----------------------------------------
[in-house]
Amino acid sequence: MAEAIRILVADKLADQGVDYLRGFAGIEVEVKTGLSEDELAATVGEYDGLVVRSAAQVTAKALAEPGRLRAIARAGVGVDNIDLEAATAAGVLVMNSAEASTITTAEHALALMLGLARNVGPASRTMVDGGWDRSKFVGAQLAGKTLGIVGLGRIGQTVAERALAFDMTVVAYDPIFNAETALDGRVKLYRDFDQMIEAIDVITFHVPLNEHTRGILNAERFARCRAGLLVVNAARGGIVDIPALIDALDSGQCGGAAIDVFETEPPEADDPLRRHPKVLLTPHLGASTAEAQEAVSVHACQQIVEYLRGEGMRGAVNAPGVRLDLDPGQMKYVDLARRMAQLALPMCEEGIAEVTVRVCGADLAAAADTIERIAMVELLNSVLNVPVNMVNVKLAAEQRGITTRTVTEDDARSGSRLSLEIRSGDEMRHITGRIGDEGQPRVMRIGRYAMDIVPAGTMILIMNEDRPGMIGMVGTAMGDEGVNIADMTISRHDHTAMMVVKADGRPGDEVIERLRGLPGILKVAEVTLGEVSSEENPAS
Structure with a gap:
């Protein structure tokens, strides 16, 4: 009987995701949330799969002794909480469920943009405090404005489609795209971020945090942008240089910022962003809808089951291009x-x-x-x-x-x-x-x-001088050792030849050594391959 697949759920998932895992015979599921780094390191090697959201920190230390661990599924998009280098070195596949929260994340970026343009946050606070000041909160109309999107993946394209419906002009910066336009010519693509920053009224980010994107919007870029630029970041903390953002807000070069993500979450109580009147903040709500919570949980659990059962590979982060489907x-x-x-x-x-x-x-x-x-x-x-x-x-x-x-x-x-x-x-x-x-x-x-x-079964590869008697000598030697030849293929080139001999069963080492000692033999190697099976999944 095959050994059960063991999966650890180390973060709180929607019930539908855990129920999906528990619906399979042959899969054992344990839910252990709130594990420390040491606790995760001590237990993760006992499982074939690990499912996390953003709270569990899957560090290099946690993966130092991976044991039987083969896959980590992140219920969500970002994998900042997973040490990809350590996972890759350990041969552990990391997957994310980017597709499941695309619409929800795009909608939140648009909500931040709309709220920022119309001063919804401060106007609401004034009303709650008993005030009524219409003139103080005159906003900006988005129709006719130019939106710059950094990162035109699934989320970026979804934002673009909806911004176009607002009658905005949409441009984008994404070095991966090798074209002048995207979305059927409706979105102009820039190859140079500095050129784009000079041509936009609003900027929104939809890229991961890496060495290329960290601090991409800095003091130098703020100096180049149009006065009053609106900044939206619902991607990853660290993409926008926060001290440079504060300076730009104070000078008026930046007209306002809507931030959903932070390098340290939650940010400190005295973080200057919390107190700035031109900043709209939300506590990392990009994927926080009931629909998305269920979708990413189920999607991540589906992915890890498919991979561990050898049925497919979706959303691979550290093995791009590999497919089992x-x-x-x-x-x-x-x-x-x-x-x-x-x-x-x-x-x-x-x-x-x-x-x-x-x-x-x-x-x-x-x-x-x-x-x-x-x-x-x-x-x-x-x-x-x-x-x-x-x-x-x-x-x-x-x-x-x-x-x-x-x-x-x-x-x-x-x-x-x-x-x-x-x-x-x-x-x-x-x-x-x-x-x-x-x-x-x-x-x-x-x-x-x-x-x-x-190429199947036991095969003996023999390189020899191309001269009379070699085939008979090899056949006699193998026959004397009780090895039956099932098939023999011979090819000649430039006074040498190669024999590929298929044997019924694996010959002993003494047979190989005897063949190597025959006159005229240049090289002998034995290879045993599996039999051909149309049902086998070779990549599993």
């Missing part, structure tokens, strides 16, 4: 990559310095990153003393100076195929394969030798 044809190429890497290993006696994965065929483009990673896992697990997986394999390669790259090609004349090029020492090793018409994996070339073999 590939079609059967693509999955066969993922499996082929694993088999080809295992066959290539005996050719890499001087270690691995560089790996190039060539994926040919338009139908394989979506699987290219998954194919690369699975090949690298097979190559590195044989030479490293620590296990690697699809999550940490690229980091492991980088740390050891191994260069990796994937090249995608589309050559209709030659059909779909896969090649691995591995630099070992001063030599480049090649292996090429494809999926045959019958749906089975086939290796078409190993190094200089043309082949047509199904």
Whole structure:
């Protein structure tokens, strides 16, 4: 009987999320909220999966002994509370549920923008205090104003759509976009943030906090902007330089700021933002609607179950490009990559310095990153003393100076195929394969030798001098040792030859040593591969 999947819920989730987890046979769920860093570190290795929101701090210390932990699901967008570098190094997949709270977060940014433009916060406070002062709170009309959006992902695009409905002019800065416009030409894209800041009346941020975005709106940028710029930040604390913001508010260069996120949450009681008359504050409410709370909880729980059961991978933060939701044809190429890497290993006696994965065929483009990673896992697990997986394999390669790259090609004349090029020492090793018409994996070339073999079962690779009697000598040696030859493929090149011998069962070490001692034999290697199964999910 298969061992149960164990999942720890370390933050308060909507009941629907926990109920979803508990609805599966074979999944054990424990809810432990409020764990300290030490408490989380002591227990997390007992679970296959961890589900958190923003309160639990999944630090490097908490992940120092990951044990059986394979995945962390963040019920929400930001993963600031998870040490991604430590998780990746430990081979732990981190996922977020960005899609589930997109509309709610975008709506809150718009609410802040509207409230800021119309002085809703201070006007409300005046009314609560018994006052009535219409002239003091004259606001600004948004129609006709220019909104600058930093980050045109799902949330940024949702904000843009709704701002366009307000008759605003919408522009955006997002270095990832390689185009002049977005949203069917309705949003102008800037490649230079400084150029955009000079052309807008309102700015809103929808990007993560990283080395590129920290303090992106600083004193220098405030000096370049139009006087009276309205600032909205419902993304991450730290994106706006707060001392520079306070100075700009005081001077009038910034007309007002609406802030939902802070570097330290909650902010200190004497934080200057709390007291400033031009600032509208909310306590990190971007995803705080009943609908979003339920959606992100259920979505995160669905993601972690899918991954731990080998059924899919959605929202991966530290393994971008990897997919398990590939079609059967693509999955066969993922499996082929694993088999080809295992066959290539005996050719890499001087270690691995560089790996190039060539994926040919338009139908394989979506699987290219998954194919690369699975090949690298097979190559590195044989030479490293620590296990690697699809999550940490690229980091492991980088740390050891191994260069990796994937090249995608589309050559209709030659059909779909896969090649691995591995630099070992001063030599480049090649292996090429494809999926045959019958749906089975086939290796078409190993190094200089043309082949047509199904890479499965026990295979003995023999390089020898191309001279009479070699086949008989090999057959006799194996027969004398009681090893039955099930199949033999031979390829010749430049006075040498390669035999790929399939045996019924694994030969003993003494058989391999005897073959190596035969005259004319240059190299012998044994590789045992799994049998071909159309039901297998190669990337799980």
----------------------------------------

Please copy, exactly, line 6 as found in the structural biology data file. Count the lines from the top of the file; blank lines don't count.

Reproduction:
Whole structure: